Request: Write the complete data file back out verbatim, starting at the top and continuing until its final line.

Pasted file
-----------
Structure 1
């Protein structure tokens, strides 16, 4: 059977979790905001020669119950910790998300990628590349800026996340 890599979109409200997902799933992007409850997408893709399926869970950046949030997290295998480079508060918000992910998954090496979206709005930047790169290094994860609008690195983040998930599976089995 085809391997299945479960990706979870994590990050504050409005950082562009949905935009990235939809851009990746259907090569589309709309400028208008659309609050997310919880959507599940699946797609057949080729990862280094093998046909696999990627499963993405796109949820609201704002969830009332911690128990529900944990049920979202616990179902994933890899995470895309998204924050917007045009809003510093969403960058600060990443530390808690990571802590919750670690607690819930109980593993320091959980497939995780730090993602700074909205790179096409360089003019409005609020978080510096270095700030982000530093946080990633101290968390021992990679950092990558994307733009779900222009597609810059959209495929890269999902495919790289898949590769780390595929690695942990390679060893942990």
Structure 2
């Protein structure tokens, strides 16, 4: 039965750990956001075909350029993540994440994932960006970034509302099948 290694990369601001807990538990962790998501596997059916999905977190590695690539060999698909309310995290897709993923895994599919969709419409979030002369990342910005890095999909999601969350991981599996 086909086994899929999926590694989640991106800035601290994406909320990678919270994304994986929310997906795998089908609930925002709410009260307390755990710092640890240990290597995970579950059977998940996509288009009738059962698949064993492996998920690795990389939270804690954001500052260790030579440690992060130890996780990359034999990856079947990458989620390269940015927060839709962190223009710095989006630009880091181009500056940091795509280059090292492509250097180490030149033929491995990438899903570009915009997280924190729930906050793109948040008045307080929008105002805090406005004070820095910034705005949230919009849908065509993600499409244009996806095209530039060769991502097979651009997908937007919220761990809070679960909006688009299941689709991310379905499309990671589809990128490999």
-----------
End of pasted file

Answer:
Structure 1
């Protein structure tokens, strides 16, 4: 059977979790905001020669119950910790998300990628590349800026996340 890599979109409200997902799933992007409850997408893709399926869970950046949030997290295998480079508060918000992910998954090496979206709005930047790169290094994860609008690195983040998930599976089995 085809391997299945479960990706979870994590990050504050409005950082562009949905935009990235939809851009990746259907090569589309709309400028208008659309609050997310919880959507599940699946797609057949080729990862280094093998046909696999990627499963993405796109949820609201704002969830009332911690128990529900944990049920979202616990179902994933890899995470895309998204924050917007045009809003510093969403960058600060990443530390808690990571802590919750670690607690819930109980593993320091959980497939995780730090993602700074909205790179096409360089003019409005609020978080510096270095700030982000530093946080990633101290968390021992990679950092990558994307733009779900222009597609810059959209495929890269999902495919790289898949590769780390595929690695942990390679060893942990």
Structure 2
């Protein structure tokens, strides 16, 4: 039965750990956001075909350029993540994440994932960006970034509302099948 290694990369601001807990538990962790998501596997059916999905977190590695690539060999698909309310995290897709993923895994599919969709419409979030002369990342910005890095999909999601969350991981599996 086909086994899929999926590694989640991106800035601290994406909320990678919270994304994986929310997906795998089908609930925002709410009260307390755990710092640890240990290597995970579950059977998940996509288009009738059962698949064993492996998920690795990389939270804690954001500052260790030579440690992060130890996780990359034999990856079947990458989620390269940015927060839709962190223009710095989006630009880091181009500056940091795509280059090292492509250097180490030149033929491995990438899903570009915009997280924190729930906050793109948040008045307080929008105002805090406005004070820095910034705005949230919009849908065509993600499409244009996806095209530039060769991502097979651009997908937007919220761990809070679960909006688009299941689709991310379905499309990671589809990128490999």